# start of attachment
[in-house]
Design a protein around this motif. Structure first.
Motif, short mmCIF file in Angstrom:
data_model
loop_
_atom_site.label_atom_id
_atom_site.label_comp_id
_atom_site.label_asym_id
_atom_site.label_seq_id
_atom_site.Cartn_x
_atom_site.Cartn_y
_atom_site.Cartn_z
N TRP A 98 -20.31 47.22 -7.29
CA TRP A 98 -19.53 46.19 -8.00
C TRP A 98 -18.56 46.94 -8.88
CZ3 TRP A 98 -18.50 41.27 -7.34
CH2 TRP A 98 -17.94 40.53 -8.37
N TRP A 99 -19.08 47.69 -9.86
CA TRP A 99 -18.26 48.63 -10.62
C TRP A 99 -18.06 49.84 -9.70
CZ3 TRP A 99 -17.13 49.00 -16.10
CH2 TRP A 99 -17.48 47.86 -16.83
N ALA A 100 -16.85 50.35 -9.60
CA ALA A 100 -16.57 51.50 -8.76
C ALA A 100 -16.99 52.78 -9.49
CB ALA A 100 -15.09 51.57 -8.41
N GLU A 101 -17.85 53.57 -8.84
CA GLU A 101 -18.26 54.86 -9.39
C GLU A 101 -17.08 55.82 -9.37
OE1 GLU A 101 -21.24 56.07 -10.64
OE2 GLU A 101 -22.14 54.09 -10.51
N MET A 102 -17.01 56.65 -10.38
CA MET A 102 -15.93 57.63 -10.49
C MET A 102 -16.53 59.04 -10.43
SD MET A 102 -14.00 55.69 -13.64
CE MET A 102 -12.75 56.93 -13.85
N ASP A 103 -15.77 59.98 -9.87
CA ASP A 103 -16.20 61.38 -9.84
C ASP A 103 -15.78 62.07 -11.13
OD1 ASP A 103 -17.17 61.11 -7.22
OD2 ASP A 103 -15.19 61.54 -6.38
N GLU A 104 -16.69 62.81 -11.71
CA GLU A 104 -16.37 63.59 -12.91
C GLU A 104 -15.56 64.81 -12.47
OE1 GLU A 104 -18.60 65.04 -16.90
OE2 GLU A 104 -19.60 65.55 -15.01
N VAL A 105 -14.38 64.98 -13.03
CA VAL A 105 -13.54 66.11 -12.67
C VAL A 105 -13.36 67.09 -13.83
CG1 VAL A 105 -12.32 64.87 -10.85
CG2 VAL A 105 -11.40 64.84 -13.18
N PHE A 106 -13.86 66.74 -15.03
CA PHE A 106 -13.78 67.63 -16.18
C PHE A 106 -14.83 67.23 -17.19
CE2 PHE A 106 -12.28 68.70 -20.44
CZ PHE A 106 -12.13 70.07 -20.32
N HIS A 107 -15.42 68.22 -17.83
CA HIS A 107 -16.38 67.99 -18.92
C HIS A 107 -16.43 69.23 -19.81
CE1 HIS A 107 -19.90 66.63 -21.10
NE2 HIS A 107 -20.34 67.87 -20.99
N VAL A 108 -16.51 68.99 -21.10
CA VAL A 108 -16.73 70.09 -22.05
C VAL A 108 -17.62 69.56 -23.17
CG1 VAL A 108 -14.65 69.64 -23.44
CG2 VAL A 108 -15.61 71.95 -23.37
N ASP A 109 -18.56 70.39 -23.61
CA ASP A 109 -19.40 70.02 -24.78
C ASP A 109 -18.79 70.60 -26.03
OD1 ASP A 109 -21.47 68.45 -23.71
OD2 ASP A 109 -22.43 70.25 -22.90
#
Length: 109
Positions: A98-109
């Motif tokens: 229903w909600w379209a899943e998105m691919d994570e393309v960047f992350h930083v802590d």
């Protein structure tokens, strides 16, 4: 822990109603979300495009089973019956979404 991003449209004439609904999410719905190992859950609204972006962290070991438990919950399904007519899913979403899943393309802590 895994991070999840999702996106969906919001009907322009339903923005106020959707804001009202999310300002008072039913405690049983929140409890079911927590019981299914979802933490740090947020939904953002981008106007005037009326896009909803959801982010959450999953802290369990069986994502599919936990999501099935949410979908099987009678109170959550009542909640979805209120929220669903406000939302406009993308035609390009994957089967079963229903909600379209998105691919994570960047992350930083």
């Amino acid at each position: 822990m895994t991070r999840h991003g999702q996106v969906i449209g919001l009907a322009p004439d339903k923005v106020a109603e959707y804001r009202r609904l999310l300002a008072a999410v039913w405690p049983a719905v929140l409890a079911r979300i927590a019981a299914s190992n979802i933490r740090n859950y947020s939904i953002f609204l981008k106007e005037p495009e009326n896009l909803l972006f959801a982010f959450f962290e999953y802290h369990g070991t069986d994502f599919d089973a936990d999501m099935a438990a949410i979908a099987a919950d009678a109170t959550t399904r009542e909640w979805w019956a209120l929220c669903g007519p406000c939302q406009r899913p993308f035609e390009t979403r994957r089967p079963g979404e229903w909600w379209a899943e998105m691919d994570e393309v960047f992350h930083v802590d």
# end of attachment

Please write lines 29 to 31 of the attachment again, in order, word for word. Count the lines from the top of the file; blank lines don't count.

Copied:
C GLU A 101 -17.08 55.82 -9.37
OE1 GLU A 101 -21.24 56.07 -10.64
OE2 GLU A 101 -22.14 54.09 -10.51